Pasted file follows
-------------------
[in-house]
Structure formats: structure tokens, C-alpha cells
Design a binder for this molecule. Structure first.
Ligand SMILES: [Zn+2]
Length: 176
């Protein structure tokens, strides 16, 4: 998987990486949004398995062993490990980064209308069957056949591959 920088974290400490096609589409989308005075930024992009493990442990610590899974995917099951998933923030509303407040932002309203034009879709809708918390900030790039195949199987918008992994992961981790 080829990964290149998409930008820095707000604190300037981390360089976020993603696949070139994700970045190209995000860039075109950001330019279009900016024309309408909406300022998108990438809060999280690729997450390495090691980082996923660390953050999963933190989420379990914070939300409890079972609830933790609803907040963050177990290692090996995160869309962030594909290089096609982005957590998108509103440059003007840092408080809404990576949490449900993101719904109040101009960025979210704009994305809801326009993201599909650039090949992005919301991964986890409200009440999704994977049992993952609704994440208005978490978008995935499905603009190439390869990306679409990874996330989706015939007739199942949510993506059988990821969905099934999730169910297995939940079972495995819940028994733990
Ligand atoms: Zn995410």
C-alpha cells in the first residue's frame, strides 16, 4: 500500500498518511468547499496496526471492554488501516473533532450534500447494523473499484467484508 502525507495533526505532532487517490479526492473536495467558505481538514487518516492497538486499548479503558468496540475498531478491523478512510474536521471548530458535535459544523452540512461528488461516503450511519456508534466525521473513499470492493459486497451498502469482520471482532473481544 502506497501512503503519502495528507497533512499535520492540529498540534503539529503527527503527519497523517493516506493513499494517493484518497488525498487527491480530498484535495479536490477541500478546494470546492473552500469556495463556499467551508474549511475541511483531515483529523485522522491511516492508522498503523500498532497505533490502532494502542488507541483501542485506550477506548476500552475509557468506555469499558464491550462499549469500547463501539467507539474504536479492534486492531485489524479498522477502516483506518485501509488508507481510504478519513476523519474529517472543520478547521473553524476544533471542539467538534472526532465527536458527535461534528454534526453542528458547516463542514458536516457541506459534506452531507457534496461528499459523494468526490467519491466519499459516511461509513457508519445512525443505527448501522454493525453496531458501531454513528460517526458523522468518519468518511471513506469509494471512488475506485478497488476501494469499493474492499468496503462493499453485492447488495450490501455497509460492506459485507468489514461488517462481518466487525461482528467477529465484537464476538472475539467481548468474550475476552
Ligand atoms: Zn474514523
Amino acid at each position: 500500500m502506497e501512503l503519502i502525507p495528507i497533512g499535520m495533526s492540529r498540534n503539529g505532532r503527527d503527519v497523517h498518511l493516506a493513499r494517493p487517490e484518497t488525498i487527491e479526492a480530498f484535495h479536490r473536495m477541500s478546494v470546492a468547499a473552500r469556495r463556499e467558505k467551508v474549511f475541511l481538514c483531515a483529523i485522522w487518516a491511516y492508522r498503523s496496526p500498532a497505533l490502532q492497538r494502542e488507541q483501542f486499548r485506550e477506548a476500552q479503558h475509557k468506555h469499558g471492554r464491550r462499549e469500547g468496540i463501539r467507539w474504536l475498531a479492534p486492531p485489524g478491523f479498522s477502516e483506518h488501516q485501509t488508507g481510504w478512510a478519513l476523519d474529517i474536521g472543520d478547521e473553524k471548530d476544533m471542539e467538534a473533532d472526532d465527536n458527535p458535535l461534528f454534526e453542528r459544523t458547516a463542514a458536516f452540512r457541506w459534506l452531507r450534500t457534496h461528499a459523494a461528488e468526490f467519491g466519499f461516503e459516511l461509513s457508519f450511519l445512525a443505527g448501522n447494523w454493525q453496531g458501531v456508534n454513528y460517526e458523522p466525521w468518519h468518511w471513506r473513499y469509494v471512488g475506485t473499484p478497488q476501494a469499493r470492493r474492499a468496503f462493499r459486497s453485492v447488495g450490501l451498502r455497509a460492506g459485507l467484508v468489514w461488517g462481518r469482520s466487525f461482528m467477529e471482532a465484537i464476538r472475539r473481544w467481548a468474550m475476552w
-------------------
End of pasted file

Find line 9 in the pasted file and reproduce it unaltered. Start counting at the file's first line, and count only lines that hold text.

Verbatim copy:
Ligand atoms: Zn474514523